The past several years have for me been a crash-course in drama for young audiences, attending the One Theatre World festival in 2013, trying to take in as many performances at the ICTF as possible, and of course enjoying and developing work for our own Talespinner Children's Theatre on the near west side.

I had already composed a draft of Adventures In Slumberland before meeting Finn Kruckmeyer and experiencing the wonders of my first ICTF productions. At that time, I was still hesitant to go certain places with a children's piece. Rosalynde & The Falcon was an exercise in exploring those gray areas we as adults aren't supposed to share with children, lest they misunderstand, or learn the wrong lesson.

The three productions I have seen so far at the International Children's Theater Festival break so many commonly held rules of behavior it is breathtaking, liberating, and in some cases drop-dead astonishing.

Robin Hood
Visible Fictions (Scotland)
Visible Fictions are two guys in contemporary street dress, who together tell a fast-paced but faithful tale of Robin Hood using (apparently) nothing but cardboard boxes, one shopping cart and a surprising number of snack-sized bags of Lay's potato chips. They slip in a few topical references - one has a big thing for Beyoncé - but it is the dedication to the words which give their production such energy and force, especially when delivered in that adorable accent. They pronounce "Hood" like it has an umlaut.

KAPUT
Tom Flanagan/Strut & Fret (Australia)
The next two shows we took in, however, don't have any words at all. KAPUT featuring Tom Flanagan and presented by Strut & Fret is an anarchic and hysterical clown show that had me bleating in disbelief for an entire hour. Flanagan's Chaplinesque stylings were only one part of the entertainment, I was more astonished by how many things he did that you're just not supposed to do in a theater, especially one filled with children.

You can't throw popcorn! You can't throw a child out of the theater! You can't kiss a teacher!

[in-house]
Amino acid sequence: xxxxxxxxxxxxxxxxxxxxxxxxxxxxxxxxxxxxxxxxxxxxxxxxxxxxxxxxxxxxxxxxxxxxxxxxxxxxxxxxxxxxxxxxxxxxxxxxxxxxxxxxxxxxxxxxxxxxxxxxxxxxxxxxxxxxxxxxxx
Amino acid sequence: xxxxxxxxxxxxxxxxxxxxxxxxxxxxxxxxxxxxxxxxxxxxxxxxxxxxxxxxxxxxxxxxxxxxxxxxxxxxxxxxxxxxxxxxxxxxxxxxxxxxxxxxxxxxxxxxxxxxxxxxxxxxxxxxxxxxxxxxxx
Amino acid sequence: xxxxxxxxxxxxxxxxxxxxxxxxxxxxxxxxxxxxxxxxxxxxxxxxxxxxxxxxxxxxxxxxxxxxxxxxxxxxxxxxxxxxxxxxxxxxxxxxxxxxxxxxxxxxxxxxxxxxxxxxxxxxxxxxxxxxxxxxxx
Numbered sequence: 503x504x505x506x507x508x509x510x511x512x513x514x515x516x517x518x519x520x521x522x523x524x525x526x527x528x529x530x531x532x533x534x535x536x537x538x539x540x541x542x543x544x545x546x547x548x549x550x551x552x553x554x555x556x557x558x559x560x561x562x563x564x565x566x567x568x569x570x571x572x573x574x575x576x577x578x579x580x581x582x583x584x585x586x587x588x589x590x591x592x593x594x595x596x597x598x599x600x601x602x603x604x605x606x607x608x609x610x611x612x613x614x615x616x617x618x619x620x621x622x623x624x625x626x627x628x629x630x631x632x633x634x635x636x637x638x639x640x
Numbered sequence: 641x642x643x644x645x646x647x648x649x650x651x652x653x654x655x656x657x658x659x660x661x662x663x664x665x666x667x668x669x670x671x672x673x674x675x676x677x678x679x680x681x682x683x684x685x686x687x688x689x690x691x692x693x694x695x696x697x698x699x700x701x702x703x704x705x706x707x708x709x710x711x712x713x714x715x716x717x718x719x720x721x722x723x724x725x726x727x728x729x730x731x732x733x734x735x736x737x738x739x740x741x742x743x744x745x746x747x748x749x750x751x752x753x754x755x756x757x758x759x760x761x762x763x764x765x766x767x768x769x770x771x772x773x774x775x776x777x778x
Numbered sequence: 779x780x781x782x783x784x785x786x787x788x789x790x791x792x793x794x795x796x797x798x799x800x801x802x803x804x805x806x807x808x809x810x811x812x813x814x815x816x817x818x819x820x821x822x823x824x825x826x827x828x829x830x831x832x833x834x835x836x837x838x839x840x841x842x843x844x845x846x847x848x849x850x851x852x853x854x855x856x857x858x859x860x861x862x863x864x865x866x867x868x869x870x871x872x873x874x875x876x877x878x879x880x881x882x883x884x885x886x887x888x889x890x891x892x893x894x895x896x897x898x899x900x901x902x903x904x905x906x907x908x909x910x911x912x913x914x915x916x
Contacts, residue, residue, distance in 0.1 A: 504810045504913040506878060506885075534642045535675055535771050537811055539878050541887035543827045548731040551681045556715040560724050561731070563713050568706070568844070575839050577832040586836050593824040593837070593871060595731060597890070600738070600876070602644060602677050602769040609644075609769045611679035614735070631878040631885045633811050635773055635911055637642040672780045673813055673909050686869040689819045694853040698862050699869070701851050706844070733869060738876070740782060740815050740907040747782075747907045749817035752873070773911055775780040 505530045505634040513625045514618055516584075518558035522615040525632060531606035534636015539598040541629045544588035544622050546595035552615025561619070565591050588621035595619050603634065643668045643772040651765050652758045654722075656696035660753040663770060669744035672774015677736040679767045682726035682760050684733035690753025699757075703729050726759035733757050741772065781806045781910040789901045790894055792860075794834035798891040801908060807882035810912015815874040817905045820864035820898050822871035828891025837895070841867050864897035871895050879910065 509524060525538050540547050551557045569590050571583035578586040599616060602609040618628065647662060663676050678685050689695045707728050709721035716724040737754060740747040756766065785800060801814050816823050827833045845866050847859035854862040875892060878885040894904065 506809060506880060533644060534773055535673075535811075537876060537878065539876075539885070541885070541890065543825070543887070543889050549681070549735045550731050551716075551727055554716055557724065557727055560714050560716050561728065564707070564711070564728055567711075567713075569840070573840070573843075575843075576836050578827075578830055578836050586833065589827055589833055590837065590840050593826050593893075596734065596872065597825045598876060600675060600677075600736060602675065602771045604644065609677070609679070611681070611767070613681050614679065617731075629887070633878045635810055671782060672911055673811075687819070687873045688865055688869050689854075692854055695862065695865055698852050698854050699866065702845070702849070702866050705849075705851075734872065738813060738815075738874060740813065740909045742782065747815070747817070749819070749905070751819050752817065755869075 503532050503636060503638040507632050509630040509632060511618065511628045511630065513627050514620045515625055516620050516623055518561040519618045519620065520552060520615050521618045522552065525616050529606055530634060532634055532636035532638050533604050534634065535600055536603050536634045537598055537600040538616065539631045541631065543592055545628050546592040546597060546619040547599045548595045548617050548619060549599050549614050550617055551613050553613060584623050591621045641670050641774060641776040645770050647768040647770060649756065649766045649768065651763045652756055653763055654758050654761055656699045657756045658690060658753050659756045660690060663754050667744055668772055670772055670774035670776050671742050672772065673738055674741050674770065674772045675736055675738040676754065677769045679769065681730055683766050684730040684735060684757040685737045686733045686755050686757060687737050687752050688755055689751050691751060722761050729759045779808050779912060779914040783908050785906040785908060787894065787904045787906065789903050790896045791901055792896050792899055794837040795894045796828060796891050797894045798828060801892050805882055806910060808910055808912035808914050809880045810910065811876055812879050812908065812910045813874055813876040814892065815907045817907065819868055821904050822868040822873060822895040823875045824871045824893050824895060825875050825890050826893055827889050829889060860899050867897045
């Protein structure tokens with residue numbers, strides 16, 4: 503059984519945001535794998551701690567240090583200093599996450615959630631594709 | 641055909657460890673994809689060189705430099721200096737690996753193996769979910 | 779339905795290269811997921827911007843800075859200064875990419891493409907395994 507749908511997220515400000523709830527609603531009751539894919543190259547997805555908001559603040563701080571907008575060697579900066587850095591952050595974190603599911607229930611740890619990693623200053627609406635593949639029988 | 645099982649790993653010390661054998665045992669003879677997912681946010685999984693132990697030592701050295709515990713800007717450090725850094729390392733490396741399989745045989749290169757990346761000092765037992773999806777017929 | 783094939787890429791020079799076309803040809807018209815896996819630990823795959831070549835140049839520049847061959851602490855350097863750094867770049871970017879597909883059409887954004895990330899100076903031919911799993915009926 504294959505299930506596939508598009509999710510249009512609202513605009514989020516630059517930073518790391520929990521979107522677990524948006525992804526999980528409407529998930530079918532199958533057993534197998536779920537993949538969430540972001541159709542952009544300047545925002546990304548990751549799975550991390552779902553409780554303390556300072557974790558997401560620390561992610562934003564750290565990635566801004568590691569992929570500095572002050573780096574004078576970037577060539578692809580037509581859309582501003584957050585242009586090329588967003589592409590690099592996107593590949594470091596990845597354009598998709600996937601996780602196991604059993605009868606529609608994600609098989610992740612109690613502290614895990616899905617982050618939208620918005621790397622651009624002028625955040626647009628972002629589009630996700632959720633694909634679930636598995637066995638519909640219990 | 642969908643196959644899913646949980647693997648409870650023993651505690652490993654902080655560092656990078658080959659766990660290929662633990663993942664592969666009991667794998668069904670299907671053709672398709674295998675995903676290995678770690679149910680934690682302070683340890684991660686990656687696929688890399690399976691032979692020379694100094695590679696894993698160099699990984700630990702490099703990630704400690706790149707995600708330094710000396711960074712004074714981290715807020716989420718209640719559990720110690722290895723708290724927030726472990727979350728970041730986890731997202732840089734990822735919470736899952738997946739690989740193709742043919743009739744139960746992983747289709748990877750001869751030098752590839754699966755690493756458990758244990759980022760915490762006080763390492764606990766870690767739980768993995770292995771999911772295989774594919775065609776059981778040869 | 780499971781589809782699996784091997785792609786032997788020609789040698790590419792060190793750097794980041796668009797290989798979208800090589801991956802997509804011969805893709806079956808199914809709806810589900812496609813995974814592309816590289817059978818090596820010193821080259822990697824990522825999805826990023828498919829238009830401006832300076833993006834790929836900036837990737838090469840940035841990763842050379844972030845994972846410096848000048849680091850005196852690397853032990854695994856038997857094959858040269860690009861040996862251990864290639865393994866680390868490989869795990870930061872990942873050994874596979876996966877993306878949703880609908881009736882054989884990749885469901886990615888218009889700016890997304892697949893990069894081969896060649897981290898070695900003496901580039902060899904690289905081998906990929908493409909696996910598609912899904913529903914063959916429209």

It was endless, one surprise after another. The strength of this show, however, and all good productions, is a story in which the characters are deeply invested. In this case it was pretty simple - our man is a projectionist, and in the effort to show the film, he destroys the theater. Simple as that.


The Star Keeper from Theatre 'OEil took our child audience to an unusual place to tell a story simple to describe but amazing to see. This is a puppet show of a worm-like creature and its relationship with a star. It's a dark show, and by that I mean dimly lit to highlight the puppets and nothing else.

Our matinee audience was honest is their reactions, which is a good thing, I think. At the outset a wizened old man tends to a light socket and a child observed, "This is a scary part." I didn't find it scary, but then I realized my own son would probably have said the same thing not too long ago. Dark + strange = scary. But it's not scary at all, it's a gentle production, if bizarre, the stuff of dreams.

One request, though. Adults: teachers, parents, and otherwise ... stop shushing the children. Their honest reactions to the work are why these artists have come here, from all over the world. Your attempts to silence them are, how shall I put it? It is simply not appropriate behavior in a theater.

The Sixth Annual International Children's Theater Festival continues at Playhouse Square through May 10, 2015.